Don’t Go Into The Cellar is a Birmingham based theatre company who specialise in the Gothic and the macabre in ain a playful and haunting manner. Recent titles include “Sharing Digs with Burke and Hare”, Sweeney Todd: A Love Story” and “The Feast of Blood! Or, Lord Ruthven’s Revenge”.
Judging by these examples of their back catalogue ‘Singular’ appears to be a mild distraction for them as its only connection
being the Victorian setting of hansom cabs, sulphurous fogs and murders ‘most foul’.
However it is fair to say that even after 124 years we still cannot get enough nineteenth century gore especially when it involves England’s best ‘consulting detective’ Sherlock Holmes. Conan Doyle never shared our enthusiasm and ‘killed’ him off at Reichenbach Falls in “The Final Problem”.
Public pressure saw Holmes back from the dead and it is at that point that the play, held in the in the grand confines of the pub’s restaurant, takes its cue.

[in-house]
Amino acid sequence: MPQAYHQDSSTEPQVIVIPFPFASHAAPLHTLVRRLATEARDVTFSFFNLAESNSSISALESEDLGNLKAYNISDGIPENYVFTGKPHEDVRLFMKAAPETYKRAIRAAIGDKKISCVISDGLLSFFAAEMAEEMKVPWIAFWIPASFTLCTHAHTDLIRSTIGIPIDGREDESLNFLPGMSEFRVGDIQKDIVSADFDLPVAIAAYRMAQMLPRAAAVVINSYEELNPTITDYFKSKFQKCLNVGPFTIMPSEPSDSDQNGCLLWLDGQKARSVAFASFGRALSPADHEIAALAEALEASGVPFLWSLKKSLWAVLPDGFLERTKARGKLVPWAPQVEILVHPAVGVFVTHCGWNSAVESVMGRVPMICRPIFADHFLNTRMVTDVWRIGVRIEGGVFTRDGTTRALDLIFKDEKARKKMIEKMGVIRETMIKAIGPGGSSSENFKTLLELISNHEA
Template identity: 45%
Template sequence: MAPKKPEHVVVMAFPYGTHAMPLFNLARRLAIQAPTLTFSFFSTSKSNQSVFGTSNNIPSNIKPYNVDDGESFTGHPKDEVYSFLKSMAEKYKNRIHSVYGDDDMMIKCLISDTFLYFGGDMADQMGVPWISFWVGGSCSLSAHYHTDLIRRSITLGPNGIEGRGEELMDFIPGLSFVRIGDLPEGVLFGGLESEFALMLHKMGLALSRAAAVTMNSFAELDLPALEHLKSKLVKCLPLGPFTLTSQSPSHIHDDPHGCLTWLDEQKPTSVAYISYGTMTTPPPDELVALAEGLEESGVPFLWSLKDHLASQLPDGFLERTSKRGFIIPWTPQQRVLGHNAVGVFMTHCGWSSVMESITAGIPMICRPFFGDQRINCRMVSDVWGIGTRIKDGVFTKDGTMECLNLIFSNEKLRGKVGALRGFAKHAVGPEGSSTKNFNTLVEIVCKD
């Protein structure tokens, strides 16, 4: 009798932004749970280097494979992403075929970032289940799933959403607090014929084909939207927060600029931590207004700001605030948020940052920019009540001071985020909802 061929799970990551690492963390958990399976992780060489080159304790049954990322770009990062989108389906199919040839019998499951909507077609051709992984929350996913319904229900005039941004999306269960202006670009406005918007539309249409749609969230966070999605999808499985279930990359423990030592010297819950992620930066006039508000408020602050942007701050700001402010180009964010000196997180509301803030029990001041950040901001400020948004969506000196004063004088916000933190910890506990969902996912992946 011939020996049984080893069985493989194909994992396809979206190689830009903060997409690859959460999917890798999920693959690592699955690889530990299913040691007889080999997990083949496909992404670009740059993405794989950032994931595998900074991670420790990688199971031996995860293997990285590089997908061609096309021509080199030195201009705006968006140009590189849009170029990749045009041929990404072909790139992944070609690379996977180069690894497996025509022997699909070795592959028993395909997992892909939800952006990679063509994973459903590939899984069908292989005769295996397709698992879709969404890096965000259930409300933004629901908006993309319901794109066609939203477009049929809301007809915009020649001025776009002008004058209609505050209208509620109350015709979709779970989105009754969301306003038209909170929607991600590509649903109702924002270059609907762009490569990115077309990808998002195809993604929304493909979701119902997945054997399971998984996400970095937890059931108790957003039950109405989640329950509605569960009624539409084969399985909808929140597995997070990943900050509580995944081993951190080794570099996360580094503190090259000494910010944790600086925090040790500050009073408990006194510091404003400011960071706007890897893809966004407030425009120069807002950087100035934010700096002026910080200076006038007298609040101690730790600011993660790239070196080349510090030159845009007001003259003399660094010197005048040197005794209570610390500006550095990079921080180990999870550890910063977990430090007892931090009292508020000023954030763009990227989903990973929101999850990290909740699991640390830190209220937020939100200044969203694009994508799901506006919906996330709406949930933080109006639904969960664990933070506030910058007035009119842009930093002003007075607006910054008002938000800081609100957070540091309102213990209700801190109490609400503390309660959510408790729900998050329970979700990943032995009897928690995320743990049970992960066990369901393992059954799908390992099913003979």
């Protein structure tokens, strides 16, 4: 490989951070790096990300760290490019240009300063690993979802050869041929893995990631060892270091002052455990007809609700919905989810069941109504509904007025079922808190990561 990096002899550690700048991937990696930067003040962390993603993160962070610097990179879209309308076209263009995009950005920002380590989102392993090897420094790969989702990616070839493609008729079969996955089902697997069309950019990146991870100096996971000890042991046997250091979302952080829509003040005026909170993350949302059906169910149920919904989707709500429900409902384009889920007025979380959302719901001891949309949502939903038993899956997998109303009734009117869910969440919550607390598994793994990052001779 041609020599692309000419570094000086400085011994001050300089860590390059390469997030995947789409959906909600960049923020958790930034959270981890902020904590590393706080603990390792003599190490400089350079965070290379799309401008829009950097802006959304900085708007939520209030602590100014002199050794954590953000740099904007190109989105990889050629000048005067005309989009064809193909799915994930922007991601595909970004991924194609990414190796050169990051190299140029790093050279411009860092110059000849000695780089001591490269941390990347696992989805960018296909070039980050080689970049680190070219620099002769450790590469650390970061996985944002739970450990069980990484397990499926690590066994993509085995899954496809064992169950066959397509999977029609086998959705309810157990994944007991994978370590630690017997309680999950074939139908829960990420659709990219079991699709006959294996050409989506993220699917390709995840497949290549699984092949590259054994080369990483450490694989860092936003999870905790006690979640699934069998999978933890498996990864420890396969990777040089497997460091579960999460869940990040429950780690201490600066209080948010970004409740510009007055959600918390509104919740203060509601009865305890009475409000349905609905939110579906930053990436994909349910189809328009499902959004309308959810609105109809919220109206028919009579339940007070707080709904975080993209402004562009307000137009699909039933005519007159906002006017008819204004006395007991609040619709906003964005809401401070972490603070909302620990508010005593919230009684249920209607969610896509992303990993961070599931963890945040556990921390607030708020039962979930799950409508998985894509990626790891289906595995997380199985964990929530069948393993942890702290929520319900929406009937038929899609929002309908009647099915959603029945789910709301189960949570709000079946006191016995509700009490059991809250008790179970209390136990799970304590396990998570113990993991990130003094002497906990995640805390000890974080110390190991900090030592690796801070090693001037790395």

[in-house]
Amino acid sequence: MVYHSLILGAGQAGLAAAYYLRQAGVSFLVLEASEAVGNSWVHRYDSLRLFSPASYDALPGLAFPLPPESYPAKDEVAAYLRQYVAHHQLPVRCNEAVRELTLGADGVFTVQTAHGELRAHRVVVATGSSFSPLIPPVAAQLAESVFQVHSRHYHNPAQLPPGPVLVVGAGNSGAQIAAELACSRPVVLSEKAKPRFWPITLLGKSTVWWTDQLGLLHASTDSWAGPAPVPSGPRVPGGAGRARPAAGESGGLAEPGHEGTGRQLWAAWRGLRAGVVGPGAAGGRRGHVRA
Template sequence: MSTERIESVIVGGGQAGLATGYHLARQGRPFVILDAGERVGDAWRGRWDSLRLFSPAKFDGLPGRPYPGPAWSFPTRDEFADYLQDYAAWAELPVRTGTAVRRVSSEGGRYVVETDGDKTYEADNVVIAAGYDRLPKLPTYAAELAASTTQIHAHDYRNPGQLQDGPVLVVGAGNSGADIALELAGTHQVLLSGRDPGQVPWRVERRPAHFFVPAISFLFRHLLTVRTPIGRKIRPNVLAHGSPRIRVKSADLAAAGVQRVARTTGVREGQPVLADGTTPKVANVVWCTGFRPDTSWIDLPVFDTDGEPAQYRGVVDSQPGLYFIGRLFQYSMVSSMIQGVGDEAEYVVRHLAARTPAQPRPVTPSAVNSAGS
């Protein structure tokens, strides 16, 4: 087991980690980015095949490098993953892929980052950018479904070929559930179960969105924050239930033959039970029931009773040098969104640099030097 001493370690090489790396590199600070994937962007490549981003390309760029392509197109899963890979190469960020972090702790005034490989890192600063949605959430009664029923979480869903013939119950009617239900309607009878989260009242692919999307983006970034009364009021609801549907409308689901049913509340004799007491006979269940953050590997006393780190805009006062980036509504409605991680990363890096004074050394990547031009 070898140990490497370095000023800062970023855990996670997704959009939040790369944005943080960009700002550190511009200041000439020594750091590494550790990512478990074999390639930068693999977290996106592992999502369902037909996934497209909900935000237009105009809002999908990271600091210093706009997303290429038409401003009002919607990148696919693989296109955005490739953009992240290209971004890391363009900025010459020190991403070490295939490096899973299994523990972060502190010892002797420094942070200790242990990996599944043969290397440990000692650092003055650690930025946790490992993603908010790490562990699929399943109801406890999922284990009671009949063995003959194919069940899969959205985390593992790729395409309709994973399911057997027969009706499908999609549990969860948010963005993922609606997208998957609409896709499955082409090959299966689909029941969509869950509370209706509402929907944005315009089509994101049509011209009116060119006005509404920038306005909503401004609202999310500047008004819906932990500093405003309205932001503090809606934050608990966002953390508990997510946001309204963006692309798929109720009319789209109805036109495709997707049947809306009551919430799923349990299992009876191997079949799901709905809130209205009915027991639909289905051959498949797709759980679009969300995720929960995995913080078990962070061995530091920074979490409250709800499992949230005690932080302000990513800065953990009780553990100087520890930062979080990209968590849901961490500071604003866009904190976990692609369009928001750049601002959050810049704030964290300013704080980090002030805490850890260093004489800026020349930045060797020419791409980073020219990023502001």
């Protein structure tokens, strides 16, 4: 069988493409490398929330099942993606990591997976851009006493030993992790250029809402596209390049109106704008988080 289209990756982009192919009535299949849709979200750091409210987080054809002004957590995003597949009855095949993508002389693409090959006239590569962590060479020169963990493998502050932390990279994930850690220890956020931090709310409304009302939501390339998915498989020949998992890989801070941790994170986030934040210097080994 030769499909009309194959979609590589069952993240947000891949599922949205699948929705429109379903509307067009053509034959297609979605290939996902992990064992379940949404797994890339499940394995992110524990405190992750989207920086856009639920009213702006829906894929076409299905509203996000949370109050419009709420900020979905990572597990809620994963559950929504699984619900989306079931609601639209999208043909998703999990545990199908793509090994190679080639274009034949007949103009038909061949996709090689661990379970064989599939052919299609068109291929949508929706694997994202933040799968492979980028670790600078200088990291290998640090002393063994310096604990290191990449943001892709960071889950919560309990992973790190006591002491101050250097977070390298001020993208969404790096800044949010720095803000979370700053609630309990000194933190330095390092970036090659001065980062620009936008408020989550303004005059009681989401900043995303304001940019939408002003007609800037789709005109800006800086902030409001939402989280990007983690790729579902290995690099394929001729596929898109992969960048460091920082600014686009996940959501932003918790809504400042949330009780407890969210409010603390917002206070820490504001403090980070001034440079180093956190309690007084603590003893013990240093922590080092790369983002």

After a brief introduction by Rachel Green, the play's Director, the scene opened on the eminent literary detective’s rooms at 22b Baker Street.
An excellent script gave Jonathan Goodwin, as Sherlock, the chance to show unbound enthusiasm for his character through tales that took in all of the detective’s best moments including “The Adventure of the Speckled Band”, the astounding escape from the ‘Falls and musings on his legendary nemesis, the ‘Napoleon of Crime’, Moriarty.
Meanwhile Gary Archer’s Watson, and Holmes’ ‘Boswell’, listened intently and patiently as Holmes entertained the room with dazzling wit and repartee. Participation was encouraged and moreover greeted genially by the audience, or as Holmes defined them, ‘The Baker Street Irregulars’. Unfortunately, time did not allow for the promised question and answer session.
Don't Go Into The Cellar are available for bookings and can be contacted either by email or phone. See website for details.